For the second quarter and six months ended June 30, 2011, net income was $1,410.2 million and $2,619.2 million, respectively, and diluted earnings per share were $1.35 and $2.49, respectively. Foreign currency translation had a positive impact of $0.10 on diluted earnings per share for the quarter and a positive impact of $0.12 for the six months.
For the second quarter and six months ended June 30, 2010, net income was $1,225.8 million and $2,315.6 million, respectively, and diluted earnings per share were $1.13 and $2.13, respectively. For the six months, results included after tax impairment charges of $35.3 million or $0.03 per share related to the Companys share of strategic restaurant closing costs in Japan.
During the second quarter 2011, the Company repurchased 9.2 million shares of its stock for $743.9 million, bringing total repurchases for 2011 to 27.6 million shares or $2.1 billion. During the second quarter 2011, the Company paid a quarterly dividend of $0.61 per share or $632.0 million, bringing the total dividends paid for 2011 to $1.3 billion.
Revenues consist of sales by Company-operated restaurants and fees from restaurants operated by franchisees. Revenues from conventional franchised restaurants include rent and royalties based on a percent of sales along with minimum rent payments and
initial fees. Revenues from franchised restaurants that are licensed to affiliates and developmental licensees include a royalty based on a percent of sales and generally include initial fees.
Consolidated revenues increased 16% (8% in constant currencies) for the quarter and 13% (8% in constant currencies) for the six months. The constant currency growth was driven primarily by positive comparable sales as well as expansion.
In the U.S., revenues increased for the quarter and six months due to positive comparable sales. Comparable sales were driven by the McCafé line-up, featuring the new Frozen Strawberry Lemonade, classic core offerings, including Chicken McNuggets and the Big Mac, and breakfast, supported by the new Fruit & Maple Oatmeal.
In Europe, the constant currency increase in revenues for the quarter and six months was primarily driven by comparable sales increases in Russia (which is entirely Company-operated), the U.K. and France, as well as expansion in Russia.
In APMEA, the constant currency increase in revenues for the quarter and six months was primarily driven by comparable sales increases in China and most other markets, as well as expansion in China. In addition, a contractual increase in the royalty rate for Japan contributed to the increase for both periods.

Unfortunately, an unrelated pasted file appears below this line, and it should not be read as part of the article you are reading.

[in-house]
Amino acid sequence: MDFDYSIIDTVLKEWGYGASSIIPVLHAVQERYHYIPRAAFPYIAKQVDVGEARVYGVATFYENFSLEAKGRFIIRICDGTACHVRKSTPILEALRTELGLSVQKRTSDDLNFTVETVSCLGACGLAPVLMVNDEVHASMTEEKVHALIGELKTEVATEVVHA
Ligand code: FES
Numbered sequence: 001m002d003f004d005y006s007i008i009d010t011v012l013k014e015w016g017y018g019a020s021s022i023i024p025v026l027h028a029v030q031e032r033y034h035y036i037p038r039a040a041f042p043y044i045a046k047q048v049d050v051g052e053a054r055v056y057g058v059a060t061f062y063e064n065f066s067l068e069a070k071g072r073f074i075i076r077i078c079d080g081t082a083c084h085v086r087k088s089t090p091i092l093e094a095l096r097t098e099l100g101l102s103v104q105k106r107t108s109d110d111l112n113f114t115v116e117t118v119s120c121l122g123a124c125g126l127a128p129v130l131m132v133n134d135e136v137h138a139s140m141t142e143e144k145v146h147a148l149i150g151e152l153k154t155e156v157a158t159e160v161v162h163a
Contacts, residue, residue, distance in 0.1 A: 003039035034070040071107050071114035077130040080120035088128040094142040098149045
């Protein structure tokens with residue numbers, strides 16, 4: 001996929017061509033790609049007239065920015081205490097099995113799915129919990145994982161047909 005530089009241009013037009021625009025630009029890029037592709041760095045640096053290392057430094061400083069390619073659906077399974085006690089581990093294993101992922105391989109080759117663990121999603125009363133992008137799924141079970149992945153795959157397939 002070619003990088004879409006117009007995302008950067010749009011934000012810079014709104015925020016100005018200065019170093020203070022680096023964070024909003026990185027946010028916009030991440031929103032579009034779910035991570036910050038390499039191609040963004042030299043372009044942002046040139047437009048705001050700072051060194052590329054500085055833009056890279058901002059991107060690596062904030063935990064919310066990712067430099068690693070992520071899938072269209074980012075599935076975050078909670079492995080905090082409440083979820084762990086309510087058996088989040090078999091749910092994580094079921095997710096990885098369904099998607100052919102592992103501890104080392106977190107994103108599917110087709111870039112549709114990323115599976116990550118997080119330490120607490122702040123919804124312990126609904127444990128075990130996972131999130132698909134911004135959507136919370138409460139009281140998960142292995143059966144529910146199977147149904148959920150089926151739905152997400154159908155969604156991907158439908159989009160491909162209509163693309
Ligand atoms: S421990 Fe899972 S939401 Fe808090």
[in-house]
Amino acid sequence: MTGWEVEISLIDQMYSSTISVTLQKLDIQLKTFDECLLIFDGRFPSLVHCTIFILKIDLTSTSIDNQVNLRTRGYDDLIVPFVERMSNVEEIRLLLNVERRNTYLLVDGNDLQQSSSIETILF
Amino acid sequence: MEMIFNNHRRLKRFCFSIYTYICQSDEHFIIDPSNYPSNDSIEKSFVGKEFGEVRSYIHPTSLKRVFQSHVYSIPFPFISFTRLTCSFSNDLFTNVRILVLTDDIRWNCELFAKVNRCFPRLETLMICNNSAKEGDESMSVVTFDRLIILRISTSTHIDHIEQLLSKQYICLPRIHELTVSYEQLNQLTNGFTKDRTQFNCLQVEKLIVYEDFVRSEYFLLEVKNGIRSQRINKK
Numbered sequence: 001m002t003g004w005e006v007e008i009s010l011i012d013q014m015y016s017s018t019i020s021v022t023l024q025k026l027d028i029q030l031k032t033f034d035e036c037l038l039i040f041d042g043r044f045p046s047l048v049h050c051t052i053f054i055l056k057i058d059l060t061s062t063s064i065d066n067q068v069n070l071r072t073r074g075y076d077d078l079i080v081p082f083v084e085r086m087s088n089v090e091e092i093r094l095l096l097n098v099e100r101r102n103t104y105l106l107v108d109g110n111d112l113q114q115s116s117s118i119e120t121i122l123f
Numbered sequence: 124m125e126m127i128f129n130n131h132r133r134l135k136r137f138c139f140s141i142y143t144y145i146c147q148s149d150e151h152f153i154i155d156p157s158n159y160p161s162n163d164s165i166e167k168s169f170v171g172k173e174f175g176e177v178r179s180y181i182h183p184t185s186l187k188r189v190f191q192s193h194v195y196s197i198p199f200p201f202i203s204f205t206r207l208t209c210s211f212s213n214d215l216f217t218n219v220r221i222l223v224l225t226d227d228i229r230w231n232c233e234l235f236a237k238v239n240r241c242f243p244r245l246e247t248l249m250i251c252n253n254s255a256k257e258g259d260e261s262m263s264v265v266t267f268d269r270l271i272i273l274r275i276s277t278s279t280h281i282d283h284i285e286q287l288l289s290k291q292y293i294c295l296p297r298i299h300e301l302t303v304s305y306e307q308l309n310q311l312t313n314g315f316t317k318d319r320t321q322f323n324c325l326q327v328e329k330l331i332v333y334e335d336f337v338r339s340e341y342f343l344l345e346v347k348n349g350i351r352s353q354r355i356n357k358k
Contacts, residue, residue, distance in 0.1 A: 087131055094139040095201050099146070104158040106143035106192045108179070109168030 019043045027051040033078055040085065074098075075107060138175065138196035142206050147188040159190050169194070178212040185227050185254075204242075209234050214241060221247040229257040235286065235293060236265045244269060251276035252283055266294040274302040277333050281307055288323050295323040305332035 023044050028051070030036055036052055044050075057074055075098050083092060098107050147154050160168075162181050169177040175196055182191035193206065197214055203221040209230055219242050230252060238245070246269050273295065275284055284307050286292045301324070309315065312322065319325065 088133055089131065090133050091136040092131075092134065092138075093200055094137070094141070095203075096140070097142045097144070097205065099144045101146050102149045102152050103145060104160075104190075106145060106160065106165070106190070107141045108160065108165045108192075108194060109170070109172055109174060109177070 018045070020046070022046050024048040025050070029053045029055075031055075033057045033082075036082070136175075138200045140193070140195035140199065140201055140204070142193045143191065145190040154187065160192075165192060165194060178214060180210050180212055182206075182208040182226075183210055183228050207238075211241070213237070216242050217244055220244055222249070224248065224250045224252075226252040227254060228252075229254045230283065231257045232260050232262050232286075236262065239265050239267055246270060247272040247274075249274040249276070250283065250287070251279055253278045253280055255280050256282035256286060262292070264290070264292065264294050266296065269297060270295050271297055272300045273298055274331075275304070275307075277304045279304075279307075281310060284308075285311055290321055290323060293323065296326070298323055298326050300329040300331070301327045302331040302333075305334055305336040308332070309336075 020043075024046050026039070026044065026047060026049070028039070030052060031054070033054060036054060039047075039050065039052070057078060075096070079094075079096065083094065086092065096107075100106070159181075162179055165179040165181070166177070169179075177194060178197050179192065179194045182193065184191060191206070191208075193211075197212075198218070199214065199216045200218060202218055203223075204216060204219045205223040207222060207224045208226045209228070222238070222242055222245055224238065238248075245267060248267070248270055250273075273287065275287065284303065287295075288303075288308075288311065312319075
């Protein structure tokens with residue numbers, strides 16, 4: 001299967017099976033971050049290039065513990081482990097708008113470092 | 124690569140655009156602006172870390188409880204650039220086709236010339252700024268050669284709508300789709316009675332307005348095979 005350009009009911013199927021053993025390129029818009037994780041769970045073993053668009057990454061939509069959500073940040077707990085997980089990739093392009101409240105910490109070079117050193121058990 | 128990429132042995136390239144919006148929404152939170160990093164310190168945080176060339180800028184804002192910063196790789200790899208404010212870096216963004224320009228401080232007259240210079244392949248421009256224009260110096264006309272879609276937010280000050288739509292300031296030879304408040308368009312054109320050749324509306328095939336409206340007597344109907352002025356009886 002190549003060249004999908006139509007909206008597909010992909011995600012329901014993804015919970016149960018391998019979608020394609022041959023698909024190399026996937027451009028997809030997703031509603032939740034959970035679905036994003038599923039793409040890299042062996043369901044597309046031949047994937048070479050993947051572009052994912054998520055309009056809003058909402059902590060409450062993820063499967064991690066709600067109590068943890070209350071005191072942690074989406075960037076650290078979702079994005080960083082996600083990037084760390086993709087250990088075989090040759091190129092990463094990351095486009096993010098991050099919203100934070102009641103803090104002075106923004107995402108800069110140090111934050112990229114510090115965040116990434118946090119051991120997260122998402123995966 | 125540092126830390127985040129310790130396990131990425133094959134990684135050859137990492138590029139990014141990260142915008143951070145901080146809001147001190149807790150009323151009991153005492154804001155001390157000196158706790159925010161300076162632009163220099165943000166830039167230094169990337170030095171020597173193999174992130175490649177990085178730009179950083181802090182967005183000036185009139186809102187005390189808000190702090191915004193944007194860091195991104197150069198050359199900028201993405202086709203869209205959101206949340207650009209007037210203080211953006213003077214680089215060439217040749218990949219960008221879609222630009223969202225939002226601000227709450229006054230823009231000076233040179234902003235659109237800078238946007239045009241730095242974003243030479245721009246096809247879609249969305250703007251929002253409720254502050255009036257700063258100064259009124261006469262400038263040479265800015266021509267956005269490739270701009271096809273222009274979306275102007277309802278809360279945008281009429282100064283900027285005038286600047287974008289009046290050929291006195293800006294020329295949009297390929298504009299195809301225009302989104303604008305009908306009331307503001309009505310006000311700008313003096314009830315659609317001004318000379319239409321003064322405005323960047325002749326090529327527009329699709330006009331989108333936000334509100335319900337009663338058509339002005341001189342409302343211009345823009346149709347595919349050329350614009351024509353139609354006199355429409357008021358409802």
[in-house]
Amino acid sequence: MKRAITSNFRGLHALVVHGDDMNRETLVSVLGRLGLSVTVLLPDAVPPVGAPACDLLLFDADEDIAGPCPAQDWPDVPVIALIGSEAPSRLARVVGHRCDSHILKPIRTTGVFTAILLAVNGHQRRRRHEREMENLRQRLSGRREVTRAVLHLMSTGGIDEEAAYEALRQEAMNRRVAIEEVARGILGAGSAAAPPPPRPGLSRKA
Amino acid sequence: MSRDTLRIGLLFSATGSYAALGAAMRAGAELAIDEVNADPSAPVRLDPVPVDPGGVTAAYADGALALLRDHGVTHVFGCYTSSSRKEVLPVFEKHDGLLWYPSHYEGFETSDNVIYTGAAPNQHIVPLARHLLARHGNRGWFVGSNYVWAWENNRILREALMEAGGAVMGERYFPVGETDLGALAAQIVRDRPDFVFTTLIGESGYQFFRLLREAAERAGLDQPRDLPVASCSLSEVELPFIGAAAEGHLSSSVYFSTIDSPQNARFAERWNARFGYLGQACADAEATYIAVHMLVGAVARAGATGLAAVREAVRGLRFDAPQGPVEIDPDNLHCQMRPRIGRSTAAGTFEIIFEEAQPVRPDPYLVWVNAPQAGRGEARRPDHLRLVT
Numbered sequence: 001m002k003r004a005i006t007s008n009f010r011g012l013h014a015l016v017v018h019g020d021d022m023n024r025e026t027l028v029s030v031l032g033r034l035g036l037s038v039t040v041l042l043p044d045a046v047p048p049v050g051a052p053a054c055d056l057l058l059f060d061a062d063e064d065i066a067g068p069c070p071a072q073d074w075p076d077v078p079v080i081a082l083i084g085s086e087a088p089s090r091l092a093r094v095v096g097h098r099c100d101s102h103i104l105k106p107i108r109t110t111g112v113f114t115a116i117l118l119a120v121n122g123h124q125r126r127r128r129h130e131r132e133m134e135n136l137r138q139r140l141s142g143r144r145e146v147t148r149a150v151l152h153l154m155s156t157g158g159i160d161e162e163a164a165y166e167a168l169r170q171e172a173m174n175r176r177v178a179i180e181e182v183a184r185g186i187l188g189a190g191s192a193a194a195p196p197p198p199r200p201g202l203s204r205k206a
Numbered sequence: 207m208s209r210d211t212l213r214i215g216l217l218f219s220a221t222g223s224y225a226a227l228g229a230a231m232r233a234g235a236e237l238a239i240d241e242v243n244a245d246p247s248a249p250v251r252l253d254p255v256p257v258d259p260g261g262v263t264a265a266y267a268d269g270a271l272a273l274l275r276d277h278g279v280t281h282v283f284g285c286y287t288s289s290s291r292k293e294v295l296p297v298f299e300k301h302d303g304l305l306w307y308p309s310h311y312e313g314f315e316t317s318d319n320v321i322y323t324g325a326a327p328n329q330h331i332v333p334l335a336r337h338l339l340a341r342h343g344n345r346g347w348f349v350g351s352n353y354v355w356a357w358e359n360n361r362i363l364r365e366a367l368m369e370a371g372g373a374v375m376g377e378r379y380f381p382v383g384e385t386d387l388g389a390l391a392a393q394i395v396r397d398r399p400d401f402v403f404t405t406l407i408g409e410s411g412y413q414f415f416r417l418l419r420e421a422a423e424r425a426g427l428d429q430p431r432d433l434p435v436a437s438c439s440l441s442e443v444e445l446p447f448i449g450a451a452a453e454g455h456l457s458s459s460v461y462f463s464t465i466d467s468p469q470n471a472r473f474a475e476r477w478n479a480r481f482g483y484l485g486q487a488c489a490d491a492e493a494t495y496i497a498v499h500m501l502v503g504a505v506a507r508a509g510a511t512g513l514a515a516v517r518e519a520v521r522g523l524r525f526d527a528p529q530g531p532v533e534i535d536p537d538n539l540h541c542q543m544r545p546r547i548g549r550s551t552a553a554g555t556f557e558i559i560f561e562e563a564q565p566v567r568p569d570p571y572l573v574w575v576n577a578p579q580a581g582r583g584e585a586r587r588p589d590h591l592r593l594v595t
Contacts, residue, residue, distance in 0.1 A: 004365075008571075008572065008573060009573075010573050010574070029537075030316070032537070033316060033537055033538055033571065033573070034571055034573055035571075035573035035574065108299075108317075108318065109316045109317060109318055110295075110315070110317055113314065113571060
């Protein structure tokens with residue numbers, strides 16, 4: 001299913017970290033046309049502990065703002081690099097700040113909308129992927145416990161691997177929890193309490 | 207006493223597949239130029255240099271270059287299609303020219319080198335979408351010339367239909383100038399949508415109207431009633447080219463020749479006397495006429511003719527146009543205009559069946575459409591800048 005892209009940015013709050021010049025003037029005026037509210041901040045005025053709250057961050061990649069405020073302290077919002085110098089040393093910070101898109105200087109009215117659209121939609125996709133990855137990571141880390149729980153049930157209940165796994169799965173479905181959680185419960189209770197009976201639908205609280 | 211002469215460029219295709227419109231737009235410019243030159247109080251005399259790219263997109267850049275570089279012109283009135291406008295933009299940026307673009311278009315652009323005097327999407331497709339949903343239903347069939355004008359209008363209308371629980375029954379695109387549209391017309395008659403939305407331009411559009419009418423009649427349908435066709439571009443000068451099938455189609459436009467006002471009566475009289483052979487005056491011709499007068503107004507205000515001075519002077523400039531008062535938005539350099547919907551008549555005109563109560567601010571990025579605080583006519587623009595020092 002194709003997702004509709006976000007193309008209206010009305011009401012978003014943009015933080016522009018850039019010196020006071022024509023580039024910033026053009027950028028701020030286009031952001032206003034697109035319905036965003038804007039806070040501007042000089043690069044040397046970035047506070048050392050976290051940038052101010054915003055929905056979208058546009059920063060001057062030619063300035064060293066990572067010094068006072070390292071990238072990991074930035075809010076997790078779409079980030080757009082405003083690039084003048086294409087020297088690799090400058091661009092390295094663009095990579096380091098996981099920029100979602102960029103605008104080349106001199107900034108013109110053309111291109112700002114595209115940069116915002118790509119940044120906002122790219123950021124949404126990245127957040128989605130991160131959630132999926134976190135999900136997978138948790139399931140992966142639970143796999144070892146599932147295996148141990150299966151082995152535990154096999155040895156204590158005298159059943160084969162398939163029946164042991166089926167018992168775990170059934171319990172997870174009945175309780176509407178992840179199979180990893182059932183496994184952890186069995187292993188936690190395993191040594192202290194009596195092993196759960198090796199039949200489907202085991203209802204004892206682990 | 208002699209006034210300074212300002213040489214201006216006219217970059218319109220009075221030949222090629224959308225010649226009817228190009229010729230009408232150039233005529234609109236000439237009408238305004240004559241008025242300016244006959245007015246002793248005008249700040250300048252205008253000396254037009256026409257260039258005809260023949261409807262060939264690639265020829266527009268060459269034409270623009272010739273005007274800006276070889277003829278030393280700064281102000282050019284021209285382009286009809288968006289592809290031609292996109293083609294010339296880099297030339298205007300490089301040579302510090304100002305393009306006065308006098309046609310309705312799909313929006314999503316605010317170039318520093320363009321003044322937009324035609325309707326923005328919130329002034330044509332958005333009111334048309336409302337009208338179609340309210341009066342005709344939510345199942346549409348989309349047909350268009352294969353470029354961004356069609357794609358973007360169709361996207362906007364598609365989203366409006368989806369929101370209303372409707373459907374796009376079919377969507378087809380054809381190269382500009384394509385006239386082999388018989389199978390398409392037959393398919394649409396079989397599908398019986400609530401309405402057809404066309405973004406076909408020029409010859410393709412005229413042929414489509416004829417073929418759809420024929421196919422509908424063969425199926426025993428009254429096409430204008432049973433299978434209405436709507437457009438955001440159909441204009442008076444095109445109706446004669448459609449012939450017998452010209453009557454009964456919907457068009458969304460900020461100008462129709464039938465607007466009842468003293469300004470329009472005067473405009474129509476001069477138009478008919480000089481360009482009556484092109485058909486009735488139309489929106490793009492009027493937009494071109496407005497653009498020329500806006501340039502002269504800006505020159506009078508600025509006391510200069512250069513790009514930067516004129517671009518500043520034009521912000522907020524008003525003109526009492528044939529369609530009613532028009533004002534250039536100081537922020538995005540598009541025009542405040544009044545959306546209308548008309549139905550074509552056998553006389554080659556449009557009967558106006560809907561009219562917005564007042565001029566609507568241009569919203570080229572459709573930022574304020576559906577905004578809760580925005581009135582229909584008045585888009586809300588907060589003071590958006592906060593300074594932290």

The following table presents the percent change in comparable sales for the quarters and six months ended June 30, 2011 and 2010.
The following table presents the percent change in Systemwide sales for the quarter and six months ended June 30, 2011:
Franchised sales are not recorded as revenues by the Company, but are the basis on which the Company calculates and records franchised revenues and are indicative of the health of the franchisee base. The following table presents Franchised sales and the related increases:
Franchised margin dollars increased $237.2 million or 15% (8% in constant currencies) for the quarter and $374.1 million or 12% (8% in constant currencies) for the six months.
Company-operated margin dollars increased $92.0 million or 12% (3% in constant currencies) for the quarter and $135.8 million or 9% (4% in constant currencies) for the six months.
The following table presents Company-operated restaurant margin components as a percent of sales.
Selling, General & Administrative Expenses
Selling, general & administrative expenses increased 4% (decreased 1% in constant currencies) for the quarter and increased 4% (1% in constant currencies) for the six months. The increase for the six months is a result of the timing of certain expenses in 2011, partially offset by the 2010 Vancouver Olympics and 2010 Worldwide Owner/Operator Convention. For the six months, selling, general & administrative expenses as a percent of revenues decreased to 8.8% for 2011 compared with 9.6% for 2010, and as a percent of Systemwide sales decreased to 2.8% for 2011 compared with 3.0% for 2010.
Impairment and Other Charges (Credits), Net
For the six months 2010, the Company recorded after tax impairment charges of $35.3 million related to its share of the strategic restaurant closing costs in Japan.
Other Operating (Income) Expense, Net
Equity in earnings of unconsolidated affiliates for the quarter and six months benefited from stronger foreign currencies, while the decline in the number of unconsolidated restaurants negatively impacted both periods.
Asset dispositions and other expense for the quarter declined due to gains on partnership dissolutions in the U.S. in 2011 and charges related to the voluntary recall of Shrek glassware in 2010. For the six months, both years reflected gains on partnership dissolutions in the U.S.